The ongoing changes at AT&T (T 1.11%) continue to alter the competitive battle between it and its largest competitor, Verizon (VZ -0.11%). Amid the spinoff of Warner Bros. Discovery (WBD -9.26%), AT&T's lower stock price has changed the competitive dynamic between the two companies.
The end of AT&T's Dividend Aristocrat status made Verizon's dividend more attractive to many because of its certainty. Despite its reduced dividend, AT&T still maintains a generous payout to shareholders. And with AT&T's business now more closely resembling that of Verizon, has it become the better dividend stock?
How the new AT&T stands out
Despite the aforementioned loss of Dividend Aristocrat status, AT&T still pays a substantial dividend. The new annual amount of $1.11 per share yields 5.7%, exceeding Verizon's current yield of 4.8% and coming in four times higher than the S&P 500 average of about 1.4%. This difference could prove significant given the popularity of telecom stocks for income investors.
AT&T stock surged as it officially spun off the former WarnerMedia division. This separation led to the stock price falling below $20 per share, as AT&T shareholders received just over 0.24 shares of Warner Bros. Discovery for every share of AT&T they had owned.
Nonetheless, AT&T stock rose by 8% following the separation amid a $40.4 billion cash infusion resulting from the spinoff. This helps strengthen a balance sheet strained by more than $177 billion in total debt as of the end of 2021.
Following the WarnerMedia spinoff and the earlier spinoff of its DirecTV division, it has become a telecom services company more like Verizon and T-Mobile. This will orient each company further toward providing 5G services, a business that has become all-consuming amid high costs for wireless spectrum and network deployment. AT&T spent $16.5 billion in capital expenditure in 2021, not including the $23 billion in new long-term leasing of C-band spectrum during that year.
Why some investors may still choose Verizon
Despite Verizon's lower cash yield, it is still an appealing dividend stock. Its payout has risen every year since 2007. This 15-year track record increases the likelihood of further payout hikes, a phenomenon that may have increasingly become an expectation.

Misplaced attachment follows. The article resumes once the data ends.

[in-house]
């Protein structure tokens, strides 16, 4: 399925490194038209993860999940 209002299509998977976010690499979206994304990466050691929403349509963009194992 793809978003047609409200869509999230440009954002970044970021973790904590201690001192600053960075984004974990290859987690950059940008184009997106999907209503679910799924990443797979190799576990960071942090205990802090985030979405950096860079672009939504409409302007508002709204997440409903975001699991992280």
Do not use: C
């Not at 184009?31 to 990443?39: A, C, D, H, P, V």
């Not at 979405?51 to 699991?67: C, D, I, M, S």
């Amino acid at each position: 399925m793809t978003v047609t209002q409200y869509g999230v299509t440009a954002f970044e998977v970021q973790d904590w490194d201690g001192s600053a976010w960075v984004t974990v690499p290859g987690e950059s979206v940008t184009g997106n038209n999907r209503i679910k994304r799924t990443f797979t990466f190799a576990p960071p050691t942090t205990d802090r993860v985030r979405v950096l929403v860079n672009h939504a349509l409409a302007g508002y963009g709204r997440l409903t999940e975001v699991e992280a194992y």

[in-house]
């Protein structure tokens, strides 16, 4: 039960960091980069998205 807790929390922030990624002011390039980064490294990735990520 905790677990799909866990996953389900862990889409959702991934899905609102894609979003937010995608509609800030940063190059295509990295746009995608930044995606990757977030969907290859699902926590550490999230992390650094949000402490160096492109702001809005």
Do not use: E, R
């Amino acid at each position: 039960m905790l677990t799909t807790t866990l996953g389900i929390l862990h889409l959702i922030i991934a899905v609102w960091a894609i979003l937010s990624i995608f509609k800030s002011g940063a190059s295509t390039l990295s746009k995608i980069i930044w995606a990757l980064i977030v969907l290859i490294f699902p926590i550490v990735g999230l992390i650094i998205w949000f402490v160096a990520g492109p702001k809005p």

Therein might lie the continuing strength of the Verizon dividend. Companies can end dividend payments at any time, but since ending a long-term streak of payout hikes can mean reputational harm, they tend to prioritize continuing those streaks when possible. Nonetheless, AT&T chose to imperil its stock by ending its streak, and with the damage already done, it has less to lose if it chooses to cut its payout again.
Verizon's stock also offers benefits beyond the dividend. Verizon just celebrated its 28th year as J.D. Power's most awarded for network quality. Moreover, it appears to want to hold that title. Its C-band network spending in 2021 amounted to $53 billion, more than double AT&T's outlay.
Furthermore, it leads the way in network-as-a-service (NaaS), giving investors good reason not to underestimate Verizon's stock. NaaS is a subscription data service that connects entities to applications and data to the cloud. This will likely power the tech industry as devices and systems ranging from remote stations to autonomous cars may connect. It could become a lucrative business for Verizon and its peers, though so far, Verizon is the only telco to discuss this business on its earnings calls.
Still, Verizon spent more than $20 billion in capital expenditure in 2021, indicating its costs are also high. Such pressures may have contributed to Verizon stock falling by 5% over the last year. Nonetheless, this takes its price-to-earnings (P/E) ratio to just 10, just above AT&T at seven times earnings, and well below T-Mobile with a 55 P/E ratio.
AT&T or Verizon?
Despite the spinoff, Verizon continues to look like the better choice for dividend investors. While AT&T's dividend yield remains higher, it no longer holds a dividend increase streak, making it less likely to face further consequences if it slashes the payout again. In contrast, Verizon still offers a modest P/E ratio and a healthy dividend yield, bringing dramatically lower risks for only a slightly higher cost.